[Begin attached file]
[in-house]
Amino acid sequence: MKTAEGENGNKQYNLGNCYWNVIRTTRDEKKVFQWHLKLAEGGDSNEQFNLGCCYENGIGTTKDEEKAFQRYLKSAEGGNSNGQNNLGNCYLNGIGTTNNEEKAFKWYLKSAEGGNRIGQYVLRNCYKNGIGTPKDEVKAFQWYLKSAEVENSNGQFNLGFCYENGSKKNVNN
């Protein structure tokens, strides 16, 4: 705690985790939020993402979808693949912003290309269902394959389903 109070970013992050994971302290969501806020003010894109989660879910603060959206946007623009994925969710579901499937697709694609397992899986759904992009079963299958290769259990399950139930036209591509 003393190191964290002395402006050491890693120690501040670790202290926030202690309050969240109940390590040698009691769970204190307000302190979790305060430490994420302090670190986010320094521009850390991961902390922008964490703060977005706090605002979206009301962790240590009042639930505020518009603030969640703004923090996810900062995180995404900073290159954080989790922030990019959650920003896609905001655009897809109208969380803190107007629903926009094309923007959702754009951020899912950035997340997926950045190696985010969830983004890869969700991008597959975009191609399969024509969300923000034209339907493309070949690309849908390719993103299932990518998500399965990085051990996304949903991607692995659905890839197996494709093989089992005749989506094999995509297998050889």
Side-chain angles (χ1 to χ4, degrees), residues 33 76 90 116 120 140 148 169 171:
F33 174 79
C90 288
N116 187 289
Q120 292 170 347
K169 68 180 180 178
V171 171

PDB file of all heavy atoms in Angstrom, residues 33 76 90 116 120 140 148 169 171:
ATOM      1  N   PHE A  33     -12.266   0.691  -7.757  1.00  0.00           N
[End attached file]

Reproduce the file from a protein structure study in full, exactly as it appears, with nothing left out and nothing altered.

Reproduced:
[in-house]
Amino acid sequence: MKTAEGENGNKQYNLGNCYWNVIRTTRDEKKVFQWHLKLAEGGDSNEQFNLGCCYENGIGTTKDEEKAFQRYLKSAEGGNSNGQNNLGNCYLNGIGTTNNEEKAFKWYLKSAEGGNRIGQYVLRNCYKNGIGTPKDEVKAFQWYLKSAEVENSNGQFNLGFCYENGSKKNVNN
């Protein structure tokens, strides 16, 4: 705690985790939020993402979808693949912003290309269902394959389903 109070970013992050994971302290969501806020003010894109989660879910603060959206946007623009994925969710579901499937697709694609397992899986759904992009079963299958290769259990399950139930036209591509 003393190191964290002395402006050491890693120690501040670790202290926030202690309050969240109940390590040698009691769970204190307000302190979790305060430490994420302090670190986010320094521009850390991961902390922008964490703060977005706090605002979206009301962790240590009042639930505020518009603030969640703004923090996810900062995180995404900073290159954080989790922030990019959650920003896609905001655009897809109208969380803190107007629903926009094309923007959702754009951020899912950035997340997926950045190696985010969830983004890869969700991008597959975009191609399969024509969300923000034209339907493309070949690309849908390719993103299932990518998500399965990085051990996304949903991607692995659905890839197996494709093989089992005749989506094999995509297998050889």
Side-chain angles (χ1 to χ4, degrees), residues 33 76 90 116 120 140 148 169 171:
F33 174 79
C90 288
N116 187 289
Q120 292 170 347
K169 68 180 180 178
V171 171

PDB file of all heavy atoms in Angstrom, residues 33 76 90 116 120 140 148 169 171:
ATOM      1  N   PHE A  33     -12.266   0.691  -7.757  1.00  0.00           N